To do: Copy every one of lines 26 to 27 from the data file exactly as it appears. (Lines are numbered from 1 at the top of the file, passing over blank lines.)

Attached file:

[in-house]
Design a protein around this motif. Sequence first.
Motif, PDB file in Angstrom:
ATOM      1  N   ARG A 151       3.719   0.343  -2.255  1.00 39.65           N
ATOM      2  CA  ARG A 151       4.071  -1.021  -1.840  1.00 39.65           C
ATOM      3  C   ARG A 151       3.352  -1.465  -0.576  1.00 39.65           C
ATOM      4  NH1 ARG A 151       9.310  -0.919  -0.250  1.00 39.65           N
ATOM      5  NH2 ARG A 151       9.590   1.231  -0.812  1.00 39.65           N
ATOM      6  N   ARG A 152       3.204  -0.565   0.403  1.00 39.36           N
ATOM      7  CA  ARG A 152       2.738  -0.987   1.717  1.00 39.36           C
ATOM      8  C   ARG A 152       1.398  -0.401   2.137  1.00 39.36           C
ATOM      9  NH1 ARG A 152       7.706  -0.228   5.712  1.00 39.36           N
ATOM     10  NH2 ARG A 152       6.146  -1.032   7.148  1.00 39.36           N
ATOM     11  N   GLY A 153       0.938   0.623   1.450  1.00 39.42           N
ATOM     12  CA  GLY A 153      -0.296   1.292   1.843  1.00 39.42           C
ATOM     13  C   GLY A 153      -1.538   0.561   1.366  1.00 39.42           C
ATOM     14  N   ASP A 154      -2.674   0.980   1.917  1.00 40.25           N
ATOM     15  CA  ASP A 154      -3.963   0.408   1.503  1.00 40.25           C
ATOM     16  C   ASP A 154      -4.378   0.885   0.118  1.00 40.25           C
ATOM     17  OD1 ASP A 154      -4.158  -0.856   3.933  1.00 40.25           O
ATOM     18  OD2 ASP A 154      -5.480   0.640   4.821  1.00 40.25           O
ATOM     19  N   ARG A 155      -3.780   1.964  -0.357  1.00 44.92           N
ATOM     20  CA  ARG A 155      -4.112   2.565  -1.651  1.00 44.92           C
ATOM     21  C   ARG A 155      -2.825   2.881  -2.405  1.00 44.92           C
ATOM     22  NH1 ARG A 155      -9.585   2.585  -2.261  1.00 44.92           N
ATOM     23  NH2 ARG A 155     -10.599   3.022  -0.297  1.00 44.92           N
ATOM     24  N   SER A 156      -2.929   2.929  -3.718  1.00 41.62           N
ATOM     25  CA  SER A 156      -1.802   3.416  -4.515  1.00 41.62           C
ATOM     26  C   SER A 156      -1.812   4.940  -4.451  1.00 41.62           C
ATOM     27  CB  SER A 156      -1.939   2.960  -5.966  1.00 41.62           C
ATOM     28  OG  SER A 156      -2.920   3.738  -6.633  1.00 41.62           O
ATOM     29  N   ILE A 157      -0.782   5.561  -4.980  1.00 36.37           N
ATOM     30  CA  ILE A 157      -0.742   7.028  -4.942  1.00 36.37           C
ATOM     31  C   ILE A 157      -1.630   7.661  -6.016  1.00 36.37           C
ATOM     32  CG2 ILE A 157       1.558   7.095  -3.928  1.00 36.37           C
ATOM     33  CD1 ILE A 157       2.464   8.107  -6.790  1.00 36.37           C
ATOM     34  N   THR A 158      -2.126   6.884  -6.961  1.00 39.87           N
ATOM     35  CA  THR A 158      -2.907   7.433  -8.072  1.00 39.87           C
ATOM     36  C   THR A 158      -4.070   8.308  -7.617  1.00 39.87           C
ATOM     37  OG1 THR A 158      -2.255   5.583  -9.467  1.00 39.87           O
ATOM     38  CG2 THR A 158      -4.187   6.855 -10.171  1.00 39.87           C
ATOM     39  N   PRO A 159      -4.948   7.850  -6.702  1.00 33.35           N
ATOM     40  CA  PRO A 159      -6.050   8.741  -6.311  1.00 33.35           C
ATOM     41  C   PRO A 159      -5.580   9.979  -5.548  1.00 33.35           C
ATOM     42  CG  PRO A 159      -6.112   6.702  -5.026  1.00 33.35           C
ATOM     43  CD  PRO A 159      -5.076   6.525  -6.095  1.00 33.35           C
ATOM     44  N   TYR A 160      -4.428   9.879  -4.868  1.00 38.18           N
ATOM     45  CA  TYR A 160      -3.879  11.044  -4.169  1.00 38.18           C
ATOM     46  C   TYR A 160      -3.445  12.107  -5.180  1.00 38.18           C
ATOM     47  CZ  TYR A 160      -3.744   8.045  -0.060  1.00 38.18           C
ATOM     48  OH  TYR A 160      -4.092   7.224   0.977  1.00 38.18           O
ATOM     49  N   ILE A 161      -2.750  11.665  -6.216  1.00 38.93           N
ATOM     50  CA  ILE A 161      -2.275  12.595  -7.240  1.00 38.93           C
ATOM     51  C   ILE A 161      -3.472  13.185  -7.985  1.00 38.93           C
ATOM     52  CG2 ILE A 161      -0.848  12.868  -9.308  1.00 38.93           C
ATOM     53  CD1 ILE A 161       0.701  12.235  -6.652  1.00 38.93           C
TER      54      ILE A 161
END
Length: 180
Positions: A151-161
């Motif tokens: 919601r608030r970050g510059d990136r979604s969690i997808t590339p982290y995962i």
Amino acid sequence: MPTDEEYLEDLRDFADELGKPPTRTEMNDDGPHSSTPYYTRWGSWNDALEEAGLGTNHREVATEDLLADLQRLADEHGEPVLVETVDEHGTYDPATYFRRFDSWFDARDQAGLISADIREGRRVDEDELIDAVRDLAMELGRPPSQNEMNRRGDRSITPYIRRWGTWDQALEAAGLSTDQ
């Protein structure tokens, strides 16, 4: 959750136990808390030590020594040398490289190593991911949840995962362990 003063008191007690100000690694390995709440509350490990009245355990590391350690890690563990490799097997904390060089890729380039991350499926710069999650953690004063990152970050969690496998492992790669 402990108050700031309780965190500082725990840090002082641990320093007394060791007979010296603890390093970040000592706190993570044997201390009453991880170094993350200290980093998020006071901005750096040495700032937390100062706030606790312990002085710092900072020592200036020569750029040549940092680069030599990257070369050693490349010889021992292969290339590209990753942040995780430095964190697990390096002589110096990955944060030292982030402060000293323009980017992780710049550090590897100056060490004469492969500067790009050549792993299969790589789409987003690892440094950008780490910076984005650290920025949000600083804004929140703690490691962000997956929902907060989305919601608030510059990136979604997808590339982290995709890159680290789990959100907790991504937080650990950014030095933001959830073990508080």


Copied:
ATOM     23  NH2 ARG A 155     -10.599   3.022  -0.297  1.00 44.92           N
ATOM     24  N   SER A 156      -2.929   2.929  -3.718  1.00 41.62           N